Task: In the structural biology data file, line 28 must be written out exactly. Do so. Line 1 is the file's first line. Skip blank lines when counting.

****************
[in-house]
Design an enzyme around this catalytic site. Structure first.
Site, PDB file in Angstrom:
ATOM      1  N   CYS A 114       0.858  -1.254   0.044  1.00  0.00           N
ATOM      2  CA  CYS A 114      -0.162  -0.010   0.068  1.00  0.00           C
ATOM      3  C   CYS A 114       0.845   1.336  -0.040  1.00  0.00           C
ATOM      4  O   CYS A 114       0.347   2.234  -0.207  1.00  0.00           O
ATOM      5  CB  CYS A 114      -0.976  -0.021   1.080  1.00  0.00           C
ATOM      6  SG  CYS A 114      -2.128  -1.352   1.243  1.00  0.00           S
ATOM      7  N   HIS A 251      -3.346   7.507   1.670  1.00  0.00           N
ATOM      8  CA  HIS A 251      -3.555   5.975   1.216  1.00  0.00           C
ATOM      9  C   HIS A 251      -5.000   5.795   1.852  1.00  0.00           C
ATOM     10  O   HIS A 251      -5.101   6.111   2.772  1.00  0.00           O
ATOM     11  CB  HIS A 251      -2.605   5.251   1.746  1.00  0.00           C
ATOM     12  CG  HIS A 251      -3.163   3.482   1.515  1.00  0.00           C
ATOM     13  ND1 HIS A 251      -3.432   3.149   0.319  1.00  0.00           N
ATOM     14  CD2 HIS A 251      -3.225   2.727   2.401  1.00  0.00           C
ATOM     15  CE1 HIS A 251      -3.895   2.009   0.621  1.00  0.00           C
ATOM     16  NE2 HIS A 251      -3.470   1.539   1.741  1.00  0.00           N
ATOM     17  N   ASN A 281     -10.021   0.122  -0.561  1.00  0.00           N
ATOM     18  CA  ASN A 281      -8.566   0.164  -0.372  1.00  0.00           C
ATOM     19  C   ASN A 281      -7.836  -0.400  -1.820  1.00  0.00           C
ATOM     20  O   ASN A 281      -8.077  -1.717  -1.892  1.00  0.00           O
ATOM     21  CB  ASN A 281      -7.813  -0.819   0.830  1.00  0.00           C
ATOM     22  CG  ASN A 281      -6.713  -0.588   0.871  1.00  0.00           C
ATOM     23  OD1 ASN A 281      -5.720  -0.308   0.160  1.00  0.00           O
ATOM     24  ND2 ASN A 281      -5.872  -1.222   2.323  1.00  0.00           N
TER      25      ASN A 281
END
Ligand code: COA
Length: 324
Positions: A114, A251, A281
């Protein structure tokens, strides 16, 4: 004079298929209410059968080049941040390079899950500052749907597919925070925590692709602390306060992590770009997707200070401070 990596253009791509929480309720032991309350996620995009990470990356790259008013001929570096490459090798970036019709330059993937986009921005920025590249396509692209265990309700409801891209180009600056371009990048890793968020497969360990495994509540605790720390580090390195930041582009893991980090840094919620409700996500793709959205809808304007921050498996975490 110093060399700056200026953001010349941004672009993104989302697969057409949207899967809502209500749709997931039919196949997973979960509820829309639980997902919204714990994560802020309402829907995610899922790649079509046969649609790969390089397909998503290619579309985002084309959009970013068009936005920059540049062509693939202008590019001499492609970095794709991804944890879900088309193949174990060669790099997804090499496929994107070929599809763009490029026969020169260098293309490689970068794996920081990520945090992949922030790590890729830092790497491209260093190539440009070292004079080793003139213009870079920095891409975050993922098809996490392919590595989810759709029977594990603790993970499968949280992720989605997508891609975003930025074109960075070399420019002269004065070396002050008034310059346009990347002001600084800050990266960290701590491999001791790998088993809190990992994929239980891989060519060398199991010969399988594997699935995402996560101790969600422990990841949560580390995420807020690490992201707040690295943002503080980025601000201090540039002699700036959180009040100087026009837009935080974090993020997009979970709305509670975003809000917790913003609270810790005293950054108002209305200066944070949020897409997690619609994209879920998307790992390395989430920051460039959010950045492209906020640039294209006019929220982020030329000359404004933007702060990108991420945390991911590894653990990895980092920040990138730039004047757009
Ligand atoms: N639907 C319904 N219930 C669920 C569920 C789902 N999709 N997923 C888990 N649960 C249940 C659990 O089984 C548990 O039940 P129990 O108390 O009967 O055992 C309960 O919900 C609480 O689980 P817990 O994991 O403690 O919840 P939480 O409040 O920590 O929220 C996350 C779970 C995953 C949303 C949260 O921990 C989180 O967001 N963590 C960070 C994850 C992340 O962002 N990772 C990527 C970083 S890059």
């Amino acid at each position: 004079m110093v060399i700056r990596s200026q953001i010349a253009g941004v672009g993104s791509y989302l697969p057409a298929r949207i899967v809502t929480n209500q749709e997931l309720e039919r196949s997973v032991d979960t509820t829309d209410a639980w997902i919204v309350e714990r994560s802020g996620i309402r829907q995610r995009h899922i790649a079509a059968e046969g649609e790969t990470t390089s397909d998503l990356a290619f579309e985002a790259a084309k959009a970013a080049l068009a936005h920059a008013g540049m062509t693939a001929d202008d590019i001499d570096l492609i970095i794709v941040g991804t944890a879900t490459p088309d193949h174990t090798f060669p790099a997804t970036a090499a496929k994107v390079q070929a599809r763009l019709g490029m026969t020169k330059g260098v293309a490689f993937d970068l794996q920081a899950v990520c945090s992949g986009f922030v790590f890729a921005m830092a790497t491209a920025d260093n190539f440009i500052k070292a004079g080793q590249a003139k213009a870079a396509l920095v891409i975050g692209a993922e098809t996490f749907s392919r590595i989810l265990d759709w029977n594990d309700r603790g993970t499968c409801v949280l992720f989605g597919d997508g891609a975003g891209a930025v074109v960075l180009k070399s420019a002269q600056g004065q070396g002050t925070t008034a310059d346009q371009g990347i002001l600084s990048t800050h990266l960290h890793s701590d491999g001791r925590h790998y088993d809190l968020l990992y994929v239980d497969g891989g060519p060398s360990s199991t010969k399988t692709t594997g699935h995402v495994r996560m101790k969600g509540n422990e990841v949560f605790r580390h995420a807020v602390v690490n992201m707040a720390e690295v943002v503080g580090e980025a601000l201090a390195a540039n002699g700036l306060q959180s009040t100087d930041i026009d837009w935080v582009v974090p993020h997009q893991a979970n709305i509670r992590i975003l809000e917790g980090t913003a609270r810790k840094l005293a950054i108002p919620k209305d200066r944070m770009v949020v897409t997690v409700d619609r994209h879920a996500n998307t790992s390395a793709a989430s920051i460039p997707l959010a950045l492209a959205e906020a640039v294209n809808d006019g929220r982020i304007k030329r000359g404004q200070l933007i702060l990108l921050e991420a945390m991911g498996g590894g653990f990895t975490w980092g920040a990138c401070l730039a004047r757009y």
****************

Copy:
TER      25      ASN A 281